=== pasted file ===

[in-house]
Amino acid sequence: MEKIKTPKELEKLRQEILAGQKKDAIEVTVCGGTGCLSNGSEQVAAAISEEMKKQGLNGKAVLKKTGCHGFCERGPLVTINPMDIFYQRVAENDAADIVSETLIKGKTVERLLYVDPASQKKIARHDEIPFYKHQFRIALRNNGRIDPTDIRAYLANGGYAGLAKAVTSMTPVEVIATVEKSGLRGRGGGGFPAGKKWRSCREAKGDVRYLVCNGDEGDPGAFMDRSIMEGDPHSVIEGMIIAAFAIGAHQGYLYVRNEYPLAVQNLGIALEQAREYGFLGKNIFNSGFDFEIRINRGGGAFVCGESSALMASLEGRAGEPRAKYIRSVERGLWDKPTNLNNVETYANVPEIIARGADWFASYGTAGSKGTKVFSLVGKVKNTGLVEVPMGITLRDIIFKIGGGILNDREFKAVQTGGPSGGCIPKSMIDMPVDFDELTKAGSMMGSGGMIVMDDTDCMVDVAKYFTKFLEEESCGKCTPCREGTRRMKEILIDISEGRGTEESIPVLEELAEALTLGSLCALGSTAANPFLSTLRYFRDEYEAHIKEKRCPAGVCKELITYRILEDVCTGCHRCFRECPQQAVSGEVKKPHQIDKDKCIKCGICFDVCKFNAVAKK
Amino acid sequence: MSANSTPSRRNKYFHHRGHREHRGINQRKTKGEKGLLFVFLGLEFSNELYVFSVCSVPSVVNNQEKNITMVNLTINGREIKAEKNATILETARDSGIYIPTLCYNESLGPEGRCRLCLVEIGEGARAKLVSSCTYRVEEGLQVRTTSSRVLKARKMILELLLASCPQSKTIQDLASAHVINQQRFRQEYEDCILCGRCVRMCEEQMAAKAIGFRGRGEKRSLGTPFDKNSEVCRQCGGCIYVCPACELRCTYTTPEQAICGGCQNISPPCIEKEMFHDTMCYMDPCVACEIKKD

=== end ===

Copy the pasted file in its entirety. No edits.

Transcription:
[in-house]
Amino acid sequence: MEKIKTPKELEKLRQEILAGQKKDAIEVTVCGGTGCLSNGSEQVAAAISEEMKKQGLNGKAVLKKTGCHGFCERGPLVTINPMDIFYQRVAENDAADIVSETLIKGKTVERLLYVDPASQKKIARHDEIPFYKHQFRIALRNNGRIDPTDIRAYLANGGYAGLAKAVTSMTPVEVIATVEKSGLRGRGGGGFPAGKKWRSCREAKGDVRYLVCNGDEGDPGAFMDRSIMEGDPHSVIEGMIIAAFAIGAHQGYLYVRNEYPLAVQNLGIALEQAREYGFLGKNIFNSGFDFEIRINRGGGAFVCGESSALMASLEGRAGEPRAKYIRSVERGLWDKPTNLNNVETYANVPEIIARGADWFASYGTAGSKGTKVFSLVGKVKNTGLVEVPMGITLRDIIFKIGGGILNDREFKAVQTGGPSGGCIPKSMIDMPVDFDELTKAGSMMGSGGMIVMDDTDCMVDVAKYFTKFLEEESCGKCTPCREGTRRMKEILIDISEGRGTEESIPVLEELAEALTLGSLCALGSTAANPFLSTLRYFRDEYEAHIKEKRCPAGVCKELITYRILEDVCTGCHRCFRECPQQAVSGEVKKPHQIDKDKCIKCGICFDVCKFNAVAKK
Amino acid sequence: MSANSTPSRRNKYFHHRGHREHRGINQRKTKGEKGLLFVFLGLEFSNELYVFSVCSVPSVVNNQEKNITMVNLTINGREIKAEKNATILETARDSGIYIPTLCYNESLGPEGRCRLCLVEIGEGARAKLVSSCTYRVEEGLQVRTTSSRVLKARKMILELLLASCPQSKTIQDLASAHVINQQRFRQEYEDCILCGRCVRMCEEQMAAKAIGFRGRGEKRSLGTPFDKNSEVCRQCGGCIYVCPACELRCTYTTPEQAICGGCQNISPPCIEKEMFHDTMCYMDPCVACEIKKD